The visual assessment of jet area has become the most common method used in daily clinical practice to evaluate valvular regurgitation. Despite the high prevalence of tricuspid regurgitation, however, few studies have systematically compared TR jet areas with a quantitative standard. To evaluate this, 40 patients in sinus rhythm with tricuspid regurgitation were analyzed: 16 with centrally directed free jets and 24 with impinging wall jets. The size of the maximal planimetered color jet area (cm2) was compared with parameters derived using the pulsed Doppler 2-dimensional echocardiographic method: regurgitant fraction and the flow convergence method (peak flow rate, effective regurgitant orifice area and momentum). Mean tricuspid regurgitant fraction averaged 33 ± 15%, peak flow rate 76 ± 54 cm3/s, effective regurgitant orifice area 27 ± 21 mm2 and momentum 21,717 ± 15,014 cm4/s2. An average of 4-chamber, and long- and short-axis areas in free jets correlated well with regurgitant fraction (r = 0.81, p < 0.001), better with peak flow rate (r = 0.94, p < 0.001), effective regurgitant orifice (r = 0.92, p < 0.001) and momentum (r = 0.94, p < 0.001). The correlation was worse, but still significant, in wall jets. For the same peak flow rate, wall jets were 75% of the size of a corresponding free jet. Jet area measurement is a good semiquantitative tool to measure tricuspid regurgitation in free jets, which correlates well with regurgitant fraction and better with new parameters available from analysis of the proximal acceleration field. In patients with eccentrically directed wall jets the correlation with planimetered jet area was worse, but still significant.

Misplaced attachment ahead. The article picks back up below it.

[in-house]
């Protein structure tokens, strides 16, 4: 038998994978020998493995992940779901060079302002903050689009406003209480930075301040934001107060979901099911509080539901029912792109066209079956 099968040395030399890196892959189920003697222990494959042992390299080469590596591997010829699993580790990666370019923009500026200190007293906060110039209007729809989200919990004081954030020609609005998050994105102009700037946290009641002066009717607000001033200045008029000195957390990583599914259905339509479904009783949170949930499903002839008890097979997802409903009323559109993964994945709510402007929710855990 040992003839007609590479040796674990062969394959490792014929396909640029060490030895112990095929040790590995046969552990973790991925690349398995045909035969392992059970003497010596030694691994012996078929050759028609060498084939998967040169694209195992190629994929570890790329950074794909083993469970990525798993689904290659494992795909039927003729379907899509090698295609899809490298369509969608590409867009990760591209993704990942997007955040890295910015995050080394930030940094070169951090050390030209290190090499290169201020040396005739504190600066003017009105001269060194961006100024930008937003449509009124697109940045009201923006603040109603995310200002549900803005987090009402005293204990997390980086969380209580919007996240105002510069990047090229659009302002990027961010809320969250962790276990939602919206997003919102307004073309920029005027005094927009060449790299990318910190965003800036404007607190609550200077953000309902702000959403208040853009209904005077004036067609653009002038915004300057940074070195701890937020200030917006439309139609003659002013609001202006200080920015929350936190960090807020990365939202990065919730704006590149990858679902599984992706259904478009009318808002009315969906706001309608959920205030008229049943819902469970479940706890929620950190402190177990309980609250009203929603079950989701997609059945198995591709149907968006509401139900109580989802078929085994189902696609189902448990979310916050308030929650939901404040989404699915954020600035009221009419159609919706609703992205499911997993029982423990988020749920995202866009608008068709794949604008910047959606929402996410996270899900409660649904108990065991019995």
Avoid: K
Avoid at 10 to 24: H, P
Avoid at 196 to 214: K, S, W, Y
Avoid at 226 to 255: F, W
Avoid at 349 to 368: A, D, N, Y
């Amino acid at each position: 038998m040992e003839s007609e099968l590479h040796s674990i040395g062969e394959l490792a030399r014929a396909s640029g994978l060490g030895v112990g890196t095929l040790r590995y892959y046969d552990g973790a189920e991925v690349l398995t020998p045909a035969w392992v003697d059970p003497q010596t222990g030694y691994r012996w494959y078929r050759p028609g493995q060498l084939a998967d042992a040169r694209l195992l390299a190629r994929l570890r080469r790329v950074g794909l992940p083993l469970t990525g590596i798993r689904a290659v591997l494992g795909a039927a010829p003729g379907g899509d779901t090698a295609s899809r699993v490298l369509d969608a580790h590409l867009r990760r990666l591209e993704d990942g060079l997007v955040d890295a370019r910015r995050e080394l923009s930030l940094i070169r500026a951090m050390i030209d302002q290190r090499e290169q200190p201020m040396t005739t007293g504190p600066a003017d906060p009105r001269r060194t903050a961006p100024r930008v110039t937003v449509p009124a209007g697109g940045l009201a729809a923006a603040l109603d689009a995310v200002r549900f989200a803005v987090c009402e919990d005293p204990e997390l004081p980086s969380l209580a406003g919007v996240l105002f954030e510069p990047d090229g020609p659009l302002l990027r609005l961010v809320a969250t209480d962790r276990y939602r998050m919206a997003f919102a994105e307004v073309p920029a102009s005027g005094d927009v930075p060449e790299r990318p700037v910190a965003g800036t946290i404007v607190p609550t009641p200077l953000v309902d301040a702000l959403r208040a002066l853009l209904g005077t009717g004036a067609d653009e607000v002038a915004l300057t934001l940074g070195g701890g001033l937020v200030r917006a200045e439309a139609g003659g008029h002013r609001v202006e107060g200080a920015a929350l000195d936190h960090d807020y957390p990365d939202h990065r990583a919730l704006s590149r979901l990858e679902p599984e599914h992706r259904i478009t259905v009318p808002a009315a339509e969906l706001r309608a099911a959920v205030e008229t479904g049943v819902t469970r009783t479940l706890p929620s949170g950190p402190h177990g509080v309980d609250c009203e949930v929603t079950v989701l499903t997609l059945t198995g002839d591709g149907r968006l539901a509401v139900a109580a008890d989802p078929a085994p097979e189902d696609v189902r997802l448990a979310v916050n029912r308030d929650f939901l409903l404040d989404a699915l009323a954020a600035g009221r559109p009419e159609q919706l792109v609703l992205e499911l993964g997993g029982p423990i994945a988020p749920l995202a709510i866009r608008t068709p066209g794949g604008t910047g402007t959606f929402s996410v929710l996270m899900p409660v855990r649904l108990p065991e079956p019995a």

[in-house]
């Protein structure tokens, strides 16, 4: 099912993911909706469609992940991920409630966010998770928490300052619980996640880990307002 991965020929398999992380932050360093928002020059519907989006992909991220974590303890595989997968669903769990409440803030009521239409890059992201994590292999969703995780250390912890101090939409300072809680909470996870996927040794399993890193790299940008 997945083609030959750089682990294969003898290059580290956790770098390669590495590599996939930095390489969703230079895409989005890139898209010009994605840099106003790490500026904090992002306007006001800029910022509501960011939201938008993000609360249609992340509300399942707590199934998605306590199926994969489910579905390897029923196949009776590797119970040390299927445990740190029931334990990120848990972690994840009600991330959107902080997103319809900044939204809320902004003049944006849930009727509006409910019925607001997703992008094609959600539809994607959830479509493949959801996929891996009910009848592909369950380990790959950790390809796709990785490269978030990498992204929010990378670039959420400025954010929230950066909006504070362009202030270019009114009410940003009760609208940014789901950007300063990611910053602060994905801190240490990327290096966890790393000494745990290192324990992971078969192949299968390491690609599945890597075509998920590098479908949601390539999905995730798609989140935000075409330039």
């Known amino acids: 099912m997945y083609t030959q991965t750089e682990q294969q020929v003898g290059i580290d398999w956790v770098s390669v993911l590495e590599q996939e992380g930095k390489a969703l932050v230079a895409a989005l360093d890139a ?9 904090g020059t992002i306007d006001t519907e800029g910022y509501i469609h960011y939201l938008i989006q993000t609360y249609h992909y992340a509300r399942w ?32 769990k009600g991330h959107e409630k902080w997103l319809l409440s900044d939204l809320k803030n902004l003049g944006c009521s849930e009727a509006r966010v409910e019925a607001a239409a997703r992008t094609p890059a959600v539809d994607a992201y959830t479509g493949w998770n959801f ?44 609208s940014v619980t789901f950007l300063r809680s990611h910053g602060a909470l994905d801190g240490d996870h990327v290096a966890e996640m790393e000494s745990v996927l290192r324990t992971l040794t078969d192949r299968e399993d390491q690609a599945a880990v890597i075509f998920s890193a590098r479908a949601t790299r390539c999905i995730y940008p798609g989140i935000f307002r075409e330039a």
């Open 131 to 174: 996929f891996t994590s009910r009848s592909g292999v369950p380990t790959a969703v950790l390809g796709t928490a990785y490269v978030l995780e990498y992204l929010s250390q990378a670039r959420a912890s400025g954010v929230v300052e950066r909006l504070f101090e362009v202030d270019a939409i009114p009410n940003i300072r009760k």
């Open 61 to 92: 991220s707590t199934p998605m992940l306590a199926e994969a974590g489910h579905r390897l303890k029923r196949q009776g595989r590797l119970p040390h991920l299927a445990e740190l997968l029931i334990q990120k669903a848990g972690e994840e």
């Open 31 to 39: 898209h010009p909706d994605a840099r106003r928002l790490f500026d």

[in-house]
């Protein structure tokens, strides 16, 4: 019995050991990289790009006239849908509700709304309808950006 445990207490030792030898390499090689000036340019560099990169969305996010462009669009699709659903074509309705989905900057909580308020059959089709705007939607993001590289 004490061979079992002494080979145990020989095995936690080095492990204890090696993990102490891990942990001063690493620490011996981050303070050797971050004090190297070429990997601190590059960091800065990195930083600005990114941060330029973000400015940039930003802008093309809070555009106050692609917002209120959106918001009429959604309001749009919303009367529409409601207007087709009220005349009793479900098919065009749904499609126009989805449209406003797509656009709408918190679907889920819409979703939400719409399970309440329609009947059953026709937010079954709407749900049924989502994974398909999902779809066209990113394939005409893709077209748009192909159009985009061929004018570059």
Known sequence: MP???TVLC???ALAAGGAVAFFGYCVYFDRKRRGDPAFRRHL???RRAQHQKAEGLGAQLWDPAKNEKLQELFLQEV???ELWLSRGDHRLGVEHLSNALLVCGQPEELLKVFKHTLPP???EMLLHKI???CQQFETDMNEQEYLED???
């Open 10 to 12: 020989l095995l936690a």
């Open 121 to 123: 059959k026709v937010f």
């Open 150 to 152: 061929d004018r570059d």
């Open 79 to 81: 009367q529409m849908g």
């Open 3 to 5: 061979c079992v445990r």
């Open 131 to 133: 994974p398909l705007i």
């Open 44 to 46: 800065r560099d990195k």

ASJC Scopus subject areas
- Cardiology and Cardiovascular Medicine